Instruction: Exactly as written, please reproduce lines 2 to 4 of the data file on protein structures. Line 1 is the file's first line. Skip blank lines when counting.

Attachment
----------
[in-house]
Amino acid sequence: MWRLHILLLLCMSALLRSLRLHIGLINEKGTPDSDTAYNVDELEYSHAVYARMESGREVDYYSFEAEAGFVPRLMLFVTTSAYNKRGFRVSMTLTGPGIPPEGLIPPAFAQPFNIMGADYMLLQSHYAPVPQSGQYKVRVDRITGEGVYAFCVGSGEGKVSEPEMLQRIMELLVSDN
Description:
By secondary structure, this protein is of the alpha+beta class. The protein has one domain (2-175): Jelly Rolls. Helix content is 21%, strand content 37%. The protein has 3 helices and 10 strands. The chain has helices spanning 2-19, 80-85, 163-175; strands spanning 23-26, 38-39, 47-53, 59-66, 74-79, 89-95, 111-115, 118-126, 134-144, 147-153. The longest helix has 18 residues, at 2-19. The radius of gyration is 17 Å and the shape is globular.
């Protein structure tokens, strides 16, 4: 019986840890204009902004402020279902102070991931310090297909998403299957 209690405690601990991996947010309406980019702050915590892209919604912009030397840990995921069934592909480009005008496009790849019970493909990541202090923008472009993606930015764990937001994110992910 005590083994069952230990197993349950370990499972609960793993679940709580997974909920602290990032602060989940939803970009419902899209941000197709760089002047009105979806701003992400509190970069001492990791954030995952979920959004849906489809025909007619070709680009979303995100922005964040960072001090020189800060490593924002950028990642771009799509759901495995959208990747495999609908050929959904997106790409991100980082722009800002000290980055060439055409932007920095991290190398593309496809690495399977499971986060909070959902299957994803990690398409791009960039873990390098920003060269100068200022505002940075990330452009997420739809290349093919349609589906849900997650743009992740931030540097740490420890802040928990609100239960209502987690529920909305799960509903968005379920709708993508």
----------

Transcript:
Amino acid sequence: MWRLHILLLLCMSALLRSLRLHIGLINEKGTPDSDTAYNVDELEYSHAVYARMESGREVDYYSFEAEAGFVPRLMLFVTTSAYNKRGFRVSMTLTGPGIPPEGLIPPAFAQPFNIMGADYMLLQSHYAPVPQSGQYKVRVDRITGEGVYAFCVGSGEGKVSEPEMLQRIMELLVSDN
Description:
By secondary structure, this protein is of the alpha+beta class. The protein has one domain (2-175): Jelly Rolls. Helix content is 21%, strand content 37%. The protein has 3 helices and 10 strands. The chain has helices spanning 2-19, 80-85, 163-175; strands spanning 23-26, 38-39, 47-53, 59-66, 74-79, 89-95, 111-115, 118-126, 134-144, 147-153. The longest helix has 18 residues, at 2-19. The radius of gyration is 17 Å and the shape is globular.